How To Handle Unsolicited Parenting Critiques

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When someone you admire criticizes your parenting, what should you do?

One of the first things we learn as a parents is that everyone has an opinion on how we do or have done our job as parents, and almost everyone, from our friends to strangers in a grocery store, feels free to express that opinion.

Common wisdom holds that the first step in dealing with criticism should be considering the source. This advice was useful when I was parenting in the rural south where the gold standard for parenting is authoritarianism enforced with a stout paddle. It was common for people to tell me that my parenting was going to send my children to jail, to hell, or both. Sometimes, when I considered the source, the criticism became a compliment.

But how are you supposed to deal with criticism when the source is a person that you admire? There seems to be only two options: take their criticism to heart or withdraw your admiration. But withdrawing admiration is harder than it may seem. Even after love has been extinguished, admiration can remain. And as long as there is admiration, the criticism seems valid.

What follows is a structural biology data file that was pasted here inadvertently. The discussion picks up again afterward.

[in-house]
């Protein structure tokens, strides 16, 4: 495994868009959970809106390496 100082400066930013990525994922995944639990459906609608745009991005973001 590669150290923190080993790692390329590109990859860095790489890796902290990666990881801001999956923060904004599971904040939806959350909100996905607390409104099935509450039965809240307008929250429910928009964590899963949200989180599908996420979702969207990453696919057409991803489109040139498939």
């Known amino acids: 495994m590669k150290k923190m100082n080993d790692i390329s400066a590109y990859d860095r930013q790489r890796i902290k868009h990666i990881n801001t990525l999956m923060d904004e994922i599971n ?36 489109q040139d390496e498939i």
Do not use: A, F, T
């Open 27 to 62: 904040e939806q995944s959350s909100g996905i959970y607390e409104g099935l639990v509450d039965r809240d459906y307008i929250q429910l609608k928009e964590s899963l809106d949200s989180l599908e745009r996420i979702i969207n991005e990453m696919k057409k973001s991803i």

I learned how difficult it is to deal with criticism from an admired source when I was engaged to a man named Rob. He was one of the great loves of my life, and the only man other than my two husbands with whom I have shared a home and parenting responsibilities. More importantly, I deeply admired him, not just as a person but also as a parent. I was not alone. Other parents in our community thought of him as a handsome, modern Mr. Rogers.

When it came to admiration, the feeling was not mutual. Rob tended to think of me as a “fixer-upper” in general, but when it came to my parenting, he was appalled. In fairness, my marriage had just ended and I was an emotional wreck. Further, I had all the traits of an adult with ADHD. I was disorganized to the point of messiness and easily overwhelmed. But what truly distressed Rob was that I prioritized my relationship with my children over keeping order. He believed that children only feel loved when their parents provide them with a stable environment. The type of emotional connection I fostered with my children could not possibly make them feel loved, so I must be doing it to meet my own emotional needs.